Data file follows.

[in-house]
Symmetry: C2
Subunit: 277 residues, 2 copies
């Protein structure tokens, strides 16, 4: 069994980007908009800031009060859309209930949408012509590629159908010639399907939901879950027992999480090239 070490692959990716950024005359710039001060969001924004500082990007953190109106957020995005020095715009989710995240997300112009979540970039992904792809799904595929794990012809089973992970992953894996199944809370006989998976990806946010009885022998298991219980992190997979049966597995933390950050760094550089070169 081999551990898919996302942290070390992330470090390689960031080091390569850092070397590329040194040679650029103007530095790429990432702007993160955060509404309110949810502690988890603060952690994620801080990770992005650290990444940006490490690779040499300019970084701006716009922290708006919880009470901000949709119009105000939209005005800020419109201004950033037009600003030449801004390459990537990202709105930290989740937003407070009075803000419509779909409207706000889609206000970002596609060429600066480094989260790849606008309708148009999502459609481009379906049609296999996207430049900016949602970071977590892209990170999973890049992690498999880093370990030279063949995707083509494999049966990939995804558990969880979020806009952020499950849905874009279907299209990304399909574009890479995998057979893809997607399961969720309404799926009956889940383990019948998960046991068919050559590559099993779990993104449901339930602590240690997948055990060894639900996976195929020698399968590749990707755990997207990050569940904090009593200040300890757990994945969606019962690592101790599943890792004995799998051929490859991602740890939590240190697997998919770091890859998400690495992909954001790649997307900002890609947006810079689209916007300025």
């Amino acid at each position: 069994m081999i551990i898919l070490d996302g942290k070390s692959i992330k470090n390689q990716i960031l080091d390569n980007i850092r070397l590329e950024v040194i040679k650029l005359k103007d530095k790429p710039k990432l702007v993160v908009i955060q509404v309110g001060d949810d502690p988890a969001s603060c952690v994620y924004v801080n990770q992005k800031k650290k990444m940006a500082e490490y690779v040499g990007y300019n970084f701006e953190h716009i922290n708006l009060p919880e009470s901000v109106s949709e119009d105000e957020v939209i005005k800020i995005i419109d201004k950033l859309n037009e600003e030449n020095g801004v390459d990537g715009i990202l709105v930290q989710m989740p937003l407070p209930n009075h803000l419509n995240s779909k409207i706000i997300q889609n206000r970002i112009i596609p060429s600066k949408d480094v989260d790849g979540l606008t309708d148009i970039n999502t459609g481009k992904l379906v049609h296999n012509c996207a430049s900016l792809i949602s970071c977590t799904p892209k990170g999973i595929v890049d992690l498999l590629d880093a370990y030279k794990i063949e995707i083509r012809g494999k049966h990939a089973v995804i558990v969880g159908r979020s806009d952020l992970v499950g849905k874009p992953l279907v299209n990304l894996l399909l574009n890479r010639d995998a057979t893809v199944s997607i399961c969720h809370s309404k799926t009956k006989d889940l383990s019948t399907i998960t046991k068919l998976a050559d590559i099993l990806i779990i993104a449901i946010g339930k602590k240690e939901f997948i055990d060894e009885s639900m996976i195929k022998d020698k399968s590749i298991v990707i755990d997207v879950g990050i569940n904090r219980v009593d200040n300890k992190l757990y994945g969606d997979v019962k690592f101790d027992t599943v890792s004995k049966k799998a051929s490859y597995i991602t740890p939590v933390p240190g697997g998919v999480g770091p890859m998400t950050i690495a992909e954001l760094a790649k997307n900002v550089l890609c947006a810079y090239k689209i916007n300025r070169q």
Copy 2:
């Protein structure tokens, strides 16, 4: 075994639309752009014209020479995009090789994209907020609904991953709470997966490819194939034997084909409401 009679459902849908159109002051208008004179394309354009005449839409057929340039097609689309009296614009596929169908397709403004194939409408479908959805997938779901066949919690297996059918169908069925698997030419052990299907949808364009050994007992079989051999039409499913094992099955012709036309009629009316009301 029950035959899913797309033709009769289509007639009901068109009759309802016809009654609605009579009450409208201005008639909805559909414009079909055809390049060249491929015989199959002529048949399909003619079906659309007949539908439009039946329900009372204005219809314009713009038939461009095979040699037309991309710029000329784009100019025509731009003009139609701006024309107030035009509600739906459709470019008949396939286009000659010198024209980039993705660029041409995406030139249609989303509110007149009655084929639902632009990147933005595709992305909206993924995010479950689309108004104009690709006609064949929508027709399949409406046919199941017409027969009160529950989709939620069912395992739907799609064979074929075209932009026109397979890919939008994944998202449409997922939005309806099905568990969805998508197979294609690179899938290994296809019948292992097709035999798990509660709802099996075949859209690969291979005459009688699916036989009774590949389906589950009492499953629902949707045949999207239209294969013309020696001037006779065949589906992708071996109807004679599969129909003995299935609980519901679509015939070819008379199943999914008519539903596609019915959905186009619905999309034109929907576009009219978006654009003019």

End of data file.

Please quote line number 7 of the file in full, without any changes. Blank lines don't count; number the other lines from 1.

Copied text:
């Protein structure tokens, strides 16, 4: 075994639309752009014209020479995009090789994209907020609904991953709470997966490819194939034997084909409401 009679459902849908159109002051208008004179394309354009005449839409057929340039097609689309009296614009596929169908397709403004194939409408479908959805997938779901066949919690297996059918169908069925698997030419052990299907949808364009050994007992079989051999039409499913094992099955012709036309009629009316009301 029950035959899913797309033709009769289509007639009901068109009759309802016809009654609605009579009450409208201005008639909805559909414009079909055809390049060249491929015989199959002529048949399909003619079906659309007949539908439009039946329900009372204005219809314009713009038939461009095979040699037309991309710029000329784009100019025509731009003009139609701006024309107030035009509600739906459709470019008949396939286009000659010198024209980039993705660029041409995406030139249609989303509110007149009655084929639902632009990147933005595709992305909206993924995010479950689309108004104009690709006609064949929508027709399949409406046919199941017409027969009160529950989709939620069912395992739907799609064979074929075209932009026109397979890919939008994944998202449409997922939005309806099905568990969805998508197979294609690179899938290994296809019948292992097709035999798990509660709802099996075949859209690969291979005459009688699916036989009774590949389906589950009492499953629902949707045949999207239209294969013309020696001037006779065949589906992708071996109807004679599969129909003995299935609980519901679509015939070819008379199943999914008519539903596609019915959905186009619905999309034109929907576009009219978006654009003019």